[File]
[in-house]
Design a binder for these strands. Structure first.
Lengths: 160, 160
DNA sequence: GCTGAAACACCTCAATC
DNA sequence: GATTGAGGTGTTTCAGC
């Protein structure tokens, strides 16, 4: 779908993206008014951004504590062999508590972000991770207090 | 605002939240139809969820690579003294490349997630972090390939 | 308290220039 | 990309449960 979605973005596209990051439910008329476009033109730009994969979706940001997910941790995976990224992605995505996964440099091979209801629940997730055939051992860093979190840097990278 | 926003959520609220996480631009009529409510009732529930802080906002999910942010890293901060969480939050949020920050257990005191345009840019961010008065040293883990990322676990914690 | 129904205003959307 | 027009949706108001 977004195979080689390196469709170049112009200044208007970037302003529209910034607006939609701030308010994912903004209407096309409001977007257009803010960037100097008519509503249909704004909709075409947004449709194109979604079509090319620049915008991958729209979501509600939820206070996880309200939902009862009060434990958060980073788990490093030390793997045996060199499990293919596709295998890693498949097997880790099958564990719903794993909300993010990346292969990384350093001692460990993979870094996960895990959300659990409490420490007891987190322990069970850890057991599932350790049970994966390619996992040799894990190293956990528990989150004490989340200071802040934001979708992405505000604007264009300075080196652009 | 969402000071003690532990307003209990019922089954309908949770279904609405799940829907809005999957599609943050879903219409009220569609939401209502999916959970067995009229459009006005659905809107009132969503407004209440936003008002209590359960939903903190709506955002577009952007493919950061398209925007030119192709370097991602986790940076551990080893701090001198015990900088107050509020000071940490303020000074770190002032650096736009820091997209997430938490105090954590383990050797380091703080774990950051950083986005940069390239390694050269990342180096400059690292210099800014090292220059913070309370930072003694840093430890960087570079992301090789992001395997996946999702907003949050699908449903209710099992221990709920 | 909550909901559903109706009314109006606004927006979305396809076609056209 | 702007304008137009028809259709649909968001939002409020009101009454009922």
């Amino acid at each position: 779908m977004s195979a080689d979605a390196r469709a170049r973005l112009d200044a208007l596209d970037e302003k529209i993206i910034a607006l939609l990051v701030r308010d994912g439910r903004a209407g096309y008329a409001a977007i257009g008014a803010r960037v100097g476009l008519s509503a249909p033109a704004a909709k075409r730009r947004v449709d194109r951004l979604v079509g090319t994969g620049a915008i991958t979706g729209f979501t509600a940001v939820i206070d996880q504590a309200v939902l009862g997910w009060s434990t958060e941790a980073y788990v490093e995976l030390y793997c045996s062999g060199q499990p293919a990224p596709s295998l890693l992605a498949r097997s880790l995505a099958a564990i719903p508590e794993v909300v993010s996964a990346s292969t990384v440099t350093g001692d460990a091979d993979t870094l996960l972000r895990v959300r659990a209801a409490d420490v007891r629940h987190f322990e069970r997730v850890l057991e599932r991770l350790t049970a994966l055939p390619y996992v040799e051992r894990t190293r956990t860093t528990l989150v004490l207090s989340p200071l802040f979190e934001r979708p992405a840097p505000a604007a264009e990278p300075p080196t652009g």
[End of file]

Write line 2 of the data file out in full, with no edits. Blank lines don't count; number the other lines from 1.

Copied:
Design a binder for these strands. Structure first.